A few days ago I posted a tweet on Twitter (@pipesdrums) or status update on Facebook (I can’t remember) that said, “Hilarious how people with so little experience have no problem proclaiming themselves experts before unknowing people.” I was prompted to post that because of the incessant “authoritative” tweets by someone not from the piping/drumming scene who I know has almost zilch experience. She simply does not know what she’s talking about, but says it anyway dozens of times every day on Twitter, Facebook and anywhere else she can get away with it unchallenged.
Ever since rec.music.makers.bagpipe emerged in the mid-1990s as the first piping/drumming “forum,” the scene has been shaken by the fact that everyone can spread their opinion widely, no matter what their level of experience.
As I have said for many years, I like that. Encouraging dialog by pipes|drums and Blogpipe readers is an example of that attitude. Provided comments stay within the stated policy, no matter how discordant or ignorant I may think they are, they will stand.
But I was surprised at the number of people who responded online or in a “dm” (to use the social media parlance) to me personally about my little tweet. Clearly I’m not alone in that thinking.
There are those with seriously little experience and knowledge who see the Internet as a great way to try to carry off an inflated persona, who preach to the even-more-ignorant, and who have strangely built up their reputation in piping/drumming not by what they know and have done, but by what they spew online as gospel. They strive to strike a tone of authority, when they should be realistically deferential and humble. These are the people who “talk a good tune” (an expression that I love and which has been around solo piping circles forever). Because of the net we’ve grown used to all this spew, and, just like everywhere else, it has become an accepted part of the culture.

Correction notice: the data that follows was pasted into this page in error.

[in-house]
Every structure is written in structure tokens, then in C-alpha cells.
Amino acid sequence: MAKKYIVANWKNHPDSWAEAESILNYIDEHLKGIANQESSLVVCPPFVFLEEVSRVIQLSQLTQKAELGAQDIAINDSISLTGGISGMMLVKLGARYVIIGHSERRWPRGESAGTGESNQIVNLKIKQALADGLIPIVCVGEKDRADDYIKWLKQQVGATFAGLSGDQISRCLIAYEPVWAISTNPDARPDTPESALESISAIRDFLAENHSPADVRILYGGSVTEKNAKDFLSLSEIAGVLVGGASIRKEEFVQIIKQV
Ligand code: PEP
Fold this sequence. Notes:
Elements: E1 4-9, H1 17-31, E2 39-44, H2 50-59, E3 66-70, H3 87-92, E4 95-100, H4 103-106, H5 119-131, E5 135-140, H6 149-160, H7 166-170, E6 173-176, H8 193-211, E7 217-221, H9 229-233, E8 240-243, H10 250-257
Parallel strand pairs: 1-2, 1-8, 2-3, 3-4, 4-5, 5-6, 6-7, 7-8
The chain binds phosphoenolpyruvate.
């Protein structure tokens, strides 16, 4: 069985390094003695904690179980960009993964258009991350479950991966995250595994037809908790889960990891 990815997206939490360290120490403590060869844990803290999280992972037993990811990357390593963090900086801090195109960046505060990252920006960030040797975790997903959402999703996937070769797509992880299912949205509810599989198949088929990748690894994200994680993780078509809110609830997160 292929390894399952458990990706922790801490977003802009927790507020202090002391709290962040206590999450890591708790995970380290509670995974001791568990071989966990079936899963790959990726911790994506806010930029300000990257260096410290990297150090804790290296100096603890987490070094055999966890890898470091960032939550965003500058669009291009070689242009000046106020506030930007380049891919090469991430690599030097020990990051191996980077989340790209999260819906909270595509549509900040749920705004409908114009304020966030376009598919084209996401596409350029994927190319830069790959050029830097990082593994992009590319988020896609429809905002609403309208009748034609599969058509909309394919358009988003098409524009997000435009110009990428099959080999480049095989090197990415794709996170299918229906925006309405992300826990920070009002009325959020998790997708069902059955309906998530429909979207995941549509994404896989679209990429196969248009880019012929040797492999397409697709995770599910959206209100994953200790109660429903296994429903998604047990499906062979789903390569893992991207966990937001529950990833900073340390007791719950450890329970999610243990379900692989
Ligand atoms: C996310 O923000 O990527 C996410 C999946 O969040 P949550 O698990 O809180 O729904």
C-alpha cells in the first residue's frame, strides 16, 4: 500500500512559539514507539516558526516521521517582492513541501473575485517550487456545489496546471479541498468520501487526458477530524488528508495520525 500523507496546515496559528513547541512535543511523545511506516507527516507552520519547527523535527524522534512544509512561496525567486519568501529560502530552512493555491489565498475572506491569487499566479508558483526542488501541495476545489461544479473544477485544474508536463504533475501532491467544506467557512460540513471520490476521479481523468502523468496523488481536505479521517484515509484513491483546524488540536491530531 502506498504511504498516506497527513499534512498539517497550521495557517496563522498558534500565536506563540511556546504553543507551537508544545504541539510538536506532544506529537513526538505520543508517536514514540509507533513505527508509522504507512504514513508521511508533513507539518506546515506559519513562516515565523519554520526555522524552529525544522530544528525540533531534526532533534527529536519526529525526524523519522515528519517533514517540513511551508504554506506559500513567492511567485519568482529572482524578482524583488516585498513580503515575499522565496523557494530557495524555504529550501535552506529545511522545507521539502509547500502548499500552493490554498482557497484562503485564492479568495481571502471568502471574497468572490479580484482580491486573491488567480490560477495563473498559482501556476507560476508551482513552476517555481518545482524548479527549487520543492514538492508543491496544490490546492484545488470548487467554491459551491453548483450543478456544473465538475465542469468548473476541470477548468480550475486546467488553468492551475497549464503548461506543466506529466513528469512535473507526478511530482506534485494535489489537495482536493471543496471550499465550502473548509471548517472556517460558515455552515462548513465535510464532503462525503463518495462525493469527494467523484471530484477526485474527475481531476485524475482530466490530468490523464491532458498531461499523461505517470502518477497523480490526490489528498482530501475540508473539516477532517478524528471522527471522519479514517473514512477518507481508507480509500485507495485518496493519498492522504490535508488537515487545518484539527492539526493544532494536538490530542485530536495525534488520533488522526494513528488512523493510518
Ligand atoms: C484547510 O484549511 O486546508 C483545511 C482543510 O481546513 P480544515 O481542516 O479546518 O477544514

Around 1990, just before the Internet took hold, a very prominent piper commented to me that he couldn’t stand massed-bands / march-pasts because inevitably there would be one or two near-beginner-level piper-oafs who would wander over to him and other famous people, not to learn something, but simply to be seen talking with him. They would try to discuss high-level topics, name-dropping all the way, and they just would not go away. His pre-Internet peeve is really no different from what happens online, except since the mid-’90s it’s magnified thousands of times over.
On the other hand, there are the majority who choose to learn, who practice humility, whether it’s on the net or at massed-bands. They strike the right tone with what they say and how they say it. In more ways than one, they know who they are.